One block east of bustling Central Avenue and just north of busy Camelback Road lies Windsor Square, a cozy Uptown historic district established in 1929 and consisting of about 260 homes.
Sunday, March 25, twelve homeowners in the district will open their doors to the public for the biennial, self-guided Windsor Square Home and Garden Tour and Street Festival.
Baker’s 1939 French Provincial home, which will be featured on this year’s tour, boasts its original red brick exterior, but the nearly 3,000 square-foot interior and backyard have endured extensive renovations.
Inside the home, natural light fills the rooms that were opened up and added on during its remodel, and decorations ranging from Pottery Barn furniture to trinkets and art from around the world enhance and individualize the space.
“It’s eclectic because I have some things from Hawaii where I lived for 30 years and then I have a lot of things that are just things I like,” she says.
On the west side of the house, a round green table with four seats and a high chair sits in the center of what Baker refers to as the “breakfast room.” A tall bookshelf adorned with some of her mother’s collected bird cages rests in one corner, and a single bird cage from Hong Kong hangs in the other.
The breakfast room makes up part of the immaculate kitchen, which consists of light wood cupboards embellished with pottery and dishes, an L-shaped brown granite countertop with a rounded end, and slate flooring.
A brick wall lines the back of the kitchen and Baker explains that it was originally the rear wall of the house, possibly containing an alcove for a washer and dryer. Now, through an open doorway, a pantry, bathroom and washer and dryer occupy a small hallway. At the end of the hallway, a mudroom turned playroom holds her grandchildren’s toys.
“I call this the grandmother’s house,” she says with a laugh. “I bought this house for my grandchildren to live in and enjoy and visit, and to have spaces and places for everything.”
The east side of the house exhibits a spacious dining room where a narrow living room previously stood. A dark brown table with six chairs sits atop a multicolored rug in the middle of the blue-walled room, and a brick fireplace lies between the two windows.
The dining room marked the edge of the house until the 1960s renovations. Three bedrooms now branch off a large living room along with the master suite, which was constructed from the original two bedrooms and single bathroom that were once accessible from the kitchen.
Long glass doors lead to the backyard which includes a swimming pool, a grassy area and a charming patio lined with potted flowers. A bee pollinates blue hibiscus flowers, the pride of Baker’s garden this spring and a reminder of the 30 years she spent in Honolulu, Hawaii working in public relations and advertising.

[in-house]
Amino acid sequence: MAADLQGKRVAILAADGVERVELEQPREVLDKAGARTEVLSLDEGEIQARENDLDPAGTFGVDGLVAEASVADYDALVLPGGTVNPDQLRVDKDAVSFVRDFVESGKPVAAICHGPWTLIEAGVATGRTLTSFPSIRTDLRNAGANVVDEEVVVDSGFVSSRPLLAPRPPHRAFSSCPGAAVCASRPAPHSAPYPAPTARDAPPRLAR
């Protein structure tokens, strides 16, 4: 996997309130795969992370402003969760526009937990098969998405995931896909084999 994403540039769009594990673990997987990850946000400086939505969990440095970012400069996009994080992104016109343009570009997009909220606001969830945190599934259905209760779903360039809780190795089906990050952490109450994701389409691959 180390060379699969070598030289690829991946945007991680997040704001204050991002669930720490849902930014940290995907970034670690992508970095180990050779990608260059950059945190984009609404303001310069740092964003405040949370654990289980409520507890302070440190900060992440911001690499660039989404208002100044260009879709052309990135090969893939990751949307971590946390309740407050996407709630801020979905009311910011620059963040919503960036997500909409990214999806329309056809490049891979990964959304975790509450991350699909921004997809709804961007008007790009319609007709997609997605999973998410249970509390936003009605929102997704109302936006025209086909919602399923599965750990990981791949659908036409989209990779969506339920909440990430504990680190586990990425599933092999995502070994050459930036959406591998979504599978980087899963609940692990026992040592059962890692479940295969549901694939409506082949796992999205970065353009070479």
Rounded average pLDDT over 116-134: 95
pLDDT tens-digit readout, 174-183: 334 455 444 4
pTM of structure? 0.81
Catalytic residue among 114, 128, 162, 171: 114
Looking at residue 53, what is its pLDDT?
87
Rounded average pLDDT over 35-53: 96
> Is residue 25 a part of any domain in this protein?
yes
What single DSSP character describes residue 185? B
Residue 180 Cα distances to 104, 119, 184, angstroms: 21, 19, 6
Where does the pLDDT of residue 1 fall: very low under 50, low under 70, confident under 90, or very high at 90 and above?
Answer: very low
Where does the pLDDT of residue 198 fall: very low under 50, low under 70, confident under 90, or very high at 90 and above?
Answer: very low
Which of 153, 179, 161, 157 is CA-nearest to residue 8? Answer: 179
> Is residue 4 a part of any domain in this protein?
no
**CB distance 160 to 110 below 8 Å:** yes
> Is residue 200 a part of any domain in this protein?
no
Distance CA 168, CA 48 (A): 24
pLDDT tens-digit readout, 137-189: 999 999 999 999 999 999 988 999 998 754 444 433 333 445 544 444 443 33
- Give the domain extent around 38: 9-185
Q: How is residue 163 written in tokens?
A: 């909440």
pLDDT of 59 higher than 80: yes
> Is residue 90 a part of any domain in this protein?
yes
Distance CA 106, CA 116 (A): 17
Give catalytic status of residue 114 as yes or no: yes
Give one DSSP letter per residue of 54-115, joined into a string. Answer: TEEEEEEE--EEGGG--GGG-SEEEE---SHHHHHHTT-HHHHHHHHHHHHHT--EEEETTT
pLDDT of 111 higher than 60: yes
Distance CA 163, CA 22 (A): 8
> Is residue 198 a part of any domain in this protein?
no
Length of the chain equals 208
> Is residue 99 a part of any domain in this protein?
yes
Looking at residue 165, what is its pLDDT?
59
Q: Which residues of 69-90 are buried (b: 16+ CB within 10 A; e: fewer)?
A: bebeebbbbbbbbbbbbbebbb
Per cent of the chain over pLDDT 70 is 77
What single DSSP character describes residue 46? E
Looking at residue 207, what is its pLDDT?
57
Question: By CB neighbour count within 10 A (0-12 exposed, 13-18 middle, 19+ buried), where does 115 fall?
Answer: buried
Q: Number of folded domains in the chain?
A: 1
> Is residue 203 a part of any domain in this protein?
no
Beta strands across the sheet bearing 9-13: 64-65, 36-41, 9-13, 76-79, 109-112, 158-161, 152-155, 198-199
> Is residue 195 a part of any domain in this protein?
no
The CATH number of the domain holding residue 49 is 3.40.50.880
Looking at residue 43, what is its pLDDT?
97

Just outside of the backyard resides a two and one half car garage, transformed from a one bedroom and one bathroom guest house.
“Something about having to walk outside from your garage to your house just tends to make you more connected to the neighborhood,” Baker says.
“I came down here (to Windsor) and I loved it,” she says. “I think a lot of it, which I didn’t realize at the time, was that it reminded me of the neighborhoods I grew up in in Phoenix.”
She purchased the home in September 2010 and her neighbors welcomed her with flowers and party invites.
Baker (pictured right) explains that the neighborhood is a diverse area with warm and friendly residents who share a similar vibe.
“We like to call it ‘Mayberry USA,’” she laughs.
Baker, who was recently elected president of the Windsor Square Special Planning District Board, joined the tour because she thought showcasing her home would be a fun experience.
“I love to entertain, and I just love my house and I’d like to share it with people,” she says.
She adds that it’s a great way to contribute to the community’s biggest fundraiser.
Baker says the residences on the tour range from a small Pueblo Revival home to the grandiose Lutfy home, a Spanish Colonial Revival building that owner Philip Lutfy spent months restoring to its 1939 state.
“We love to welcome people into our neighborhood and we love to show off our fun little secret that we have back here,” she says. “It’ll be a good day.”
If you go:
Where: Medlock Drive and 2nd Street (one block east of Central Avenue and just north of Camelback Road)
Date: Sunday, March 25, 2012
Time: 11 a.m. to 4 p.m.
Tickets: $12 per person. One child under 12 per paying adult enters free. Can be purchased at Medlock Drive and 2nd Street or online